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E3 Biofuels Building “Closed-Loop” Manure-Powered Ethanol Plant

E3’s closed-loop system

E3 Biofuels is building a 20-mgpy (million gallons per year) ethanol plant at a cattle feedlot in Mead, Nebraska, that will be powered by methane from the cattle manure, greatly reducing energy costs while making environmentally sound use of animal waste.

The use of manure as a source for methane is similar in approach to that taken by Panda Energy with its three 100-million gallon ethanol plants in Kansas, Colorado and Texas. (GCC)

But E3 Biofuels is promoting its smaller system as “closed-loop.” Methane from the manure will power the ethanol plant, which will make fuel ethanol from corn with distillers grain for cattle feed as a byproduct. The 30,000 cattle at the Mead feedlot will eat the distillers grain right at the site, eliminating the need to dry and ship the product thereby saving more energy and expense.

A key component in the E3 Biofuels system is having a confined livestock facility with a slatted floor that allows the manure to drop onto a concrete surface below. For efficient conversion to methane, the manure should be as clean as possible.

The manure then goes into an anaerobic digester, which breaks the manure down into fertilizer and methane-based gas. The plant will use about 7 million bushels of corn to produce its 20 million gallons of ethanol a year.

The Mead plant is designed to use all the cattle waste from the feedlot, produce enough distillers grain to feed the cattle at the site and draw from local sources of corn, keeping an environmentally and economically sound balance.

E3 Biofuels envisions smaller-scale operations like the Mead plant being set up in rural communities across the country, broadening the economic and environmental benefits. E3 Biofuels hopes to build more than 100 such plants in the next 15 years.

The anaerobic digester tanks are under construction at the feedlot. The rest of the complex will be built this winter, with limited production planned by June 2006 and full-scale production in September.



The question of what they'll do with the effluent from the manure digesters is not addressed.

They also have a flash-only entry screen; anyone without flash cannot even get into the site.  They don't even provide a link to skip it.  Idiots.

Tripp Bisop

It'll probably be sold as fertilizer to nearby farms. I believe that's SOP with many of the digersters in use in rural areas.


I have never understood why ethanol plants are not co-located with rural electricity plants - the vast amounts of waste heat from electricity generation could be used to significantly reduce the cost of ethanol production. In addition, the coal-fired plants would already have railroad tracks leading to the plant (for coal), and the same tracks could be used to haul corn in and ethanol out.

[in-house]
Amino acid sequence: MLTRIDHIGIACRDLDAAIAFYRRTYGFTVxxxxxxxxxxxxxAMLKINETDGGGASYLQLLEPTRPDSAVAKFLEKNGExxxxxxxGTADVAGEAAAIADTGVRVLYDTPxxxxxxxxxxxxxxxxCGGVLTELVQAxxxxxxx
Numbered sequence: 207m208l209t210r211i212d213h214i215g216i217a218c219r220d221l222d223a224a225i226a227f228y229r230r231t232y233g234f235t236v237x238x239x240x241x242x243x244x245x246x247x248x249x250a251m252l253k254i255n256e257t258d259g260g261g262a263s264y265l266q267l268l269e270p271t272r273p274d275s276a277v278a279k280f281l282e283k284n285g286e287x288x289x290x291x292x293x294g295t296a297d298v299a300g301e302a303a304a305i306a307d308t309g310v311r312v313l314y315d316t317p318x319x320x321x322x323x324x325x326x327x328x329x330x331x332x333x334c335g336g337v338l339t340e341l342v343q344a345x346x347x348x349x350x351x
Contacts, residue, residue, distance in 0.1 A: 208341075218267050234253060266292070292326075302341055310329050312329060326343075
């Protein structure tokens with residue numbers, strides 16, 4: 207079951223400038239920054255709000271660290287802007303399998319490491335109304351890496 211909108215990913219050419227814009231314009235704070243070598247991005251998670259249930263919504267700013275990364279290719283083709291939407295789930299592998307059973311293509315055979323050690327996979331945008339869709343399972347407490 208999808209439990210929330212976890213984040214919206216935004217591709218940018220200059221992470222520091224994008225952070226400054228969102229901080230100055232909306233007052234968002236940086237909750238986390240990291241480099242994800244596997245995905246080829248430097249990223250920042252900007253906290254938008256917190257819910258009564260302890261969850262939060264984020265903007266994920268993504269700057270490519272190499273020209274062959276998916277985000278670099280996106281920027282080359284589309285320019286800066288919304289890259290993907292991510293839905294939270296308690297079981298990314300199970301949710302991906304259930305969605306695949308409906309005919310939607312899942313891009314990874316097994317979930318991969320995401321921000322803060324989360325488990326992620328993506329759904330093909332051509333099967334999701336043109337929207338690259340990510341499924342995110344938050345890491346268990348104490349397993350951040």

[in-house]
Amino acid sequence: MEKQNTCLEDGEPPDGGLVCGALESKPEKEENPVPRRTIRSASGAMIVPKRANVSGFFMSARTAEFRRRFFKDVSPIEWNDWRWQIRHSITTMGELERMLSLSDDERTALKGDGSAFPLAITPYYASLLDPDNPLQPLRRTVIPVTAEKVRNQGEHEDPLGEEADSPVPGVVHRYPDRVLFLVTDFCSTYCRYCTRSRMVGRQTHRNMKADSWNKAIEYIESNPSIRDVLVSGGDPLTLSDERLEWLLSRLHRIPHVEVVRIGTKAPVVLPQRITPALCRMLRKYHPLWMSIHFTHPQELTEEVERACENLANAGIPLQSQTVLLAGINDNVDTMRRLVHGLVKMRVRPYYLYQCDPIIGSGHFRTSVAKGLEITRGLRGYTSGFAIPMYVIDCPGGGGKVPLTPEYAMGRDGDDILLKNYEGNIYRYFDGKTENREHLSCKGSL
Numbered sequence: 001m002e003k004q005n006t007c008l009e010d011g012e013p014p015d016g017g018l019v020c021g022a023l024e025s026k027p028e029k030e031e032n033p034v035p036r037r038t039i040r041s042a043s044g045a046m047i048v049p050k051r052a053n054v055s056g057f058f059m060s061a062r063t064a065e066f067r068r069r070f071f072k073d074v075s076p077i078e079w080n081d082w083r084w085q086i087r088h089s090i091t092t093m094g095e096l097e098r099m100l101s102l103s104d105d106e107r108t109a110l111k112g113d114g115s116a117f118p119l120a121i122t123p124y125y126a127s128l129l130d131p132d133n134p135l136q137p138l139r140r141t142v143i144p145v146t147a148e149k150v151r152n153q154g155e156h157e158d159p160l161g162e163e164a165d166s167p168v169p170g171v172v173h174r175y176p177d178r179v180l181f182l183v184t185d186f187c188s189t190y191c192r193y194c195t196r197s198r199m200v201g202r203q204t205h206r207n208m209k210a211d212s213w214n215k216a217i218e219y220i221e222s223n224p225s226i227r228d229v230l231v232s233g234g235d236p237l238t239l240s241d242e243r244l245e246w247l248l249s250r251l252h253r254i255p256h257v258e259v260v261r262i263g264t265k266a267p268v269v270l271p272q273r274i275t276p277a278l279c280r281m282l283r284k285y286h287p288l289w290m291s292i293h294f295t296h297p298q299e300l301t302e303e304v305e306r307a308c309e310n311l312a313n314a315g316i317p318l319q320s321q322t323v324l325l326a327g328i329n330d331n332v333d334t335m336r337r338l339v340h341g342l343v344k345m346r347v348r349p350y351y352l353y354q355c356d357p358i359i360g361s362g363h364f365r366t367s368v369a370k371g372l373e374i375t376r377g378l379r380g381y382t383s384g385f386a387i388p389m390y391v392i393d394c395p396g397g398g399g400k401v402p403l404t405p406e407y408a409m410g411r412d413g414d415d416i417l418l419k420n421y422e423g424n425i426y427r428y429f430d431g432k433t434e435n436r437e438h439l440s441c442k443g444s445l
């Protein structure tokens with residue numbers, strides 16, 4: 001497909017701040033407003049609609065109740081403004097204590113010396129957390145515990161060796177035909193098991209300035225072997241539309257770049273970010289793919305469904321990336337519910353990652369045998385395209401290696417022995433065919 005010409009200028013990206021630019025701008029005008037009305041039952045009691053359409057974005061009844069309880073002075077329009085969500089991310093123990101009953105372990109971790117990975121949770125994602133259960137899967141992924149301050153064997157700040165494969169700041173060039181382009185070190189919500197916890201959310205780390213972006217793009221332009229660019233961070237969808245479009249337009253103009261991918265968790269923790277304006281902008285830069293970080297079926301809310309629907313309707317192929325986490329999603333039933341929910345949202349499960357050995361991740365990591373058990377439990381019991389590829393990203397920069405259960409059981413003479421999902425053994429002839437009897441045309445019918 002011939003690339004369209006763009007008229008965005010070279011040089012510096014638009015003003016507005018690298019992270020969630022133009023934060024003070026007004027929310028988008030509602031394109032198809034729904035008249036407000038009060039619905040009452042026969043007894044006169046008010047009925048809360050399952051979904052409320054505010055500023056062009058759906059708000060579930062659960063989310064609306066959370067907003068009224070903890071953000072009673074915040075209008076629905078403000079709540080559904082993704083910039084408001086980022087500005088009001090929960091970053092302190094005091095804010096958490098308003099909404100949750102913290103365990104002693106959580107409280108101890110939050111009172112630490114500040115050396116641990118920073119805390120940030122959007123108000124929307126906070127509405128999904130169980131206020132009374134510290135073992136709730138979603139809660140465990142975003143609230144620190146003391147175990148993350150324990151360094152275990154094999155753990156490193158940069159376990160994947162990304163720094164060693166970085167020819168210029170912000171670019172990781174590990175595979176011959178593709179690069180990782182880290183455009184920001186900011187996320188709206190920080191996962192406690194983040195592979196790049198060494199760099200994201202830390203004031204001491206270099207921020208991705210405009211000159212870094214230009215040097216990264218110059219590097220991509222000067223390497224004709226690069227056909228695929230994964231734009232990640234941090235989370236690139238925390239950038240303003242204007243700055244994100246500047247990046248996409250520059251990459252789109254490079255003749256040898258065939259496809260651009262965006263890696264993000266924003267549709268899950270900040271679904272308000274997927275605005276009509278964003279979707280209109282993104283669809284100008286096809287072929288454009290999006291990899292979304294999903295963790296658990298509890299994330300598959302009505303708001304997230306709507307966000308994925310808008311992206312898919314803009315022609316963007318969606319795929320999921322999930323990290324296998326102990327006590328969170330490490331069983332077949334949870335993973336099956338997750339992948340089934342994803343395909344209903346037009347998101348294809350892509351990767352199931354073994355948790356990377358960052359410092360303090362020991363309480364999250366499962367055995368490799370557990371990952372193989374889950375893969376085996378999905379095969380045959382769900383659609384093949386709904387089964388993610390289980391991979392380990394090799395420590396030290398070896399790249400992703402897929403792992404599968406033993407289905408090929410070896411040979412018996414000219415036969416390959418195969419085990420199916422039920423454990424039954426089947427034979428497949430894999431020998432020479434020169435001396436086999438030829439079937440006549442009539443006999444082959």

Comments please.


Bill, your thoughts run parallel to mine.

Given our shortages of natural gas and LPG, we should be forcing all new ethanol refineries to distill their product using heat from facilities not fired by either of them.  To qualify for the tax break, ethanol distillers should have to cogenerate too.

Shirley E

Bill and EP: you are both thinking along a systems design approach which is a must for the future. In the past, abundance of resources led to inefficient designs; a power plant over here throwing away waste heat, an ethanol plant over there paying low prices for generating new heat while dumping its effluent into the sewage system, etc. Old habits die hard, but as more and more innovative designs like this one prove their advantages in terms of cold hard cash, we'll see more and more innovations like you're proposing implemented.

But it takes time; at present there's a lot of embedded inefficiency to overcome. Power plants aren't necessarily located in the most convenient spot for an ethanol plant, for example. But we could sure incorporate this into the design of future capacity.


If I were president, I'd handle that by ordering all natural gas fired and LPG-fired ethanol facilities shut down as non-essential users, to preserve heating fuel for homes this winter.  I'd also promote corn stoves (a bushel of corn turned into ethanol gives ~220,000 BTU, burned in a corn stove it gives 390,000 BTU).

Warm homes or cheap gasoline:  pick one.


Shirley you make a very go point. But also corn is not the only grain that can be used for ethonl distilling. And thier is more benifits. The corn millet is feed back to the cattle which in turn resupplies the manure (methan) and the the manure also creats a fertilizer in return grows more grain. See the loop?

Besides wouldn't burning the corn add to the green house effect. I'm sure greater minds then mine will run with these new ideas. Or at least we can only hope...


Finally people are on the right track. I have some ideas... tell me if im wrong:

1)Using cellulosic sources of crops for the ethanol, and corn for the cattle(using left over corn stover as a source of ethanol as well)
2)Converting the machinery(trucks/tractors) to run off of ethanol.
3)Then the manure can power the farm, whats left over fertilizes the farm, or at least the corn, since corn needs it.The cellulosic sourse wont require it(switch grass) as it doesnt erode the land.Corn will erod.

What do you allt hink?


I recently saw an artical about a Bio-Fuel plant that uses bacteria to break down any thing from old tires to baby diapers from the land fills been working for 9 years on this project do you have any info on this???

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